You too are often like that child, afraid of the remedy, every time you sin. Every sin is another choice of the sickness instead of the cure. Faced with the fear of death, we so often choose what will seem to make us happy through illicit pleasure, afraid that our limited mortal nature will soon take it away. If we are afraid of the remedy to the disease, then the only solution is that our sickness must grow worse.

          This is what happens when, as one poet put it, “The wounded surgeon plies the steel / That questions the distempered part; / Beneath the bleeding hands we feel / The sharp compassion of the healer’s art // Our only health is the disease / If we obey the dying nurse / Whose constant care is not to please / But to remind of our, and Adam’s curse, / And that, to be restored, our sickness must grow worse.” (T.S. Eliot, East Coker).

          The ashes that marked our heads on Wednesday, then, do not declare only, “I want to change,” “I want to be a better person,” or “I’m really sorry.” In order to be effective, they need to mean, “I want to die.”

          In order to overcome a fear, you have to draw closer to the object of your fear. You can pray for the gift of courage, you can take baby steps at first, you can get better at positive self-talk, but at the end of the day, the fear will never be overcome unless you confront it. So likewise the fear of death.

          How do you confront death, though, when you only get one shot at it? Death is not something you can practice for, in a literal and complete sense at least. Instead, drawing closer to the remedy means dying to yourself. This is the death that the ashes of Wednesday declare. “I want to die to myself.” “I want to die to myself by rejecting sin and temptation.” “I want to die to myself by showing fruits of my conversion in prayer, fasting, and almsgiving,” which of course do not earn us forgiveness, but are the fruits of the joy that comes from receiving the Lord’s forgiveness. This is why the Lord encouraged us not to look gloomy like the hypocrites, because fasting and the other Lenten disciplines are a response to receiving the Lord’s mercy, a fruit of interior conversion while they seek to deepen that same conversion in your life.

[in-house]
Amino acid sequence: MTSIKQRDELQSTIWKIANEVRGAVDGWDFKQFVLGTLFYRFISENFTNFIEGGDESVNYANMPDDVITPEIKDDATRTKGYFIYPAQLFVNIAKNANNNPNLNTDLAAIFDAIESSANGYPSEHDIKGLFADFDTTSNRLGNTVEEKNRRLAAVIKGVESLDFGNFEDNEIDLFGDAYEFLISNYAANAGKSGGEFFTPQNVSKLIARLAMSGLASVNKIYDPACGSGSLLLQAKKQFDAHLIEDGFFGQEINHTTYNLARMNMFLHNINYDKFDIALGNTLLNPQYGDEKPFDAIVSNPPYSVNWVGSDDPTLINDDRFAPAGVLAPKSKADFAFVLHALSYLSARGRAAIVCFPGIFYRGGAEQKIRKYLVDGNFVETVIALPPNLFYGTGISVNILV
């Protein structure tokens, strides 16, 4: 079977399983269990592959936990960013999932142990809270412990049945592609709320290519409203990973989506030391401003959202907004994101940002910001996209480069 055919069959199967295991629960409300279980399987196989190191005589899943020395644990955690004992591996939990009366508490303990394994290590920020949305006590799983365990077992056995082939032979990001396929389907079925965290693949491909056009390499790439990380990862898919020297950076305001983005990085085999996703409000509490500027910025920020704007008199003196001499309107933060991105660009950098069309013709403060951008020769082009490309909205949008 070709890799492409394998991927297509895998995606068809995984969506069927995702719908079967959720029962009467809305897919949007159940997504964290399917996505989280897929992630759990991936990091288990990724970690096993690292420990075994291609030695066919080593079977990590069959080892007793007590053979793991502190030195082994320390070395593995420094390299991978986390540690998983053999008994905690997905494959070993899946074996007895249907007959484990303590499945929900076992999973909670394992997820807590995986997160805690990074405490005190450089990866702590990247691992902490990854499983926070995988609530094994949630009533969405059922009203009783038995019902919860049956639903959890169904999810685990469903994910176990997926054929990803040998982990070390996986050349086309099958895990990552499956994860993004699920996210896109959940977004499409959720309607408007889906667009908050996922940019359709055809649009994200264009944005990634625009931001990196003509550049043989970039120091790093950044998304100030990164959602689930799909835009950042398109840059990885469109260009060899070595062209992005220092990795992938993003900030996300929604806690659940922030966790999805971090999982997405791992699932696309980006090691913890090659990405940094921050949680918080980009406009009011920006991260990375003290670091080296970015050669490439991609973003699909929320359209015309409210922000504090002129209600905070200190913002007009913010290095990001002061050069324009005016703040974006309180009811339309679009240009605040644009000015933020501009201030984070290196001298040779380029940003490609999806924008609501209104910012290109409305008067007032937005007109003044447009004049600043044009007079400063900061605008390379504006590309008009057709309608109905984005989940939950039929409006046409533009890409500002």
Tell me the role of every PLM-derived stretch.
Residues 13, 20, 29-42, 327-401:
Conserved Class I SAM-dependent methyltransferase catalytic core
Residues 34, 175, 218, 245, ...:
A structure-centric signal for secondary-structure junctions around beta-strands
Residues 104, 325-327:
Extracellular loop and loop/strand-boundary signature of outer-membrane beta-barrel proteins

Now we can see more deeply why Lent is so different from a self-help program, or just an attempt to be a better person. The stakes are so much higher!  Throughout Lent, we practice dying to ourselves, so that when Good Friday comes, we are ready to enter into His death, and when Easter follows on the third day, we are ready to rise. Each day during Lent you should be asking yourself, “Did I die today?”

          Each Sunday – or even every day! – during Lent, we come to participate already in His death and resurrection in the Eucharist. At Holy Mass, each of those deaths to self are taken up by the Lord and brought with Him to the Cross. The Eucharist is precisely where each of those deaths leads to the fulfillment of St. Peter’s words today: “Christ suffered for sins once, the righteous for the sake of the unrighteous, that he might lead you to God.”

          How exactly that is so, how our deaths to self, suffering, sadness, isolation, and loneliness can be transformed by Christ’s real presence in the Eucharist will be one of the central themes of our Tuesday Lenten series this year: “Christ Truly Present,” culminating in our 40 Hours devotion next month. I hope that you will take part in order to hear the rest of the story.


The Rev. Royce V. Gregerson

Parish Church of St. John the Evangelist, Goshen

I Sunday of Lent, A.D. MMXXIV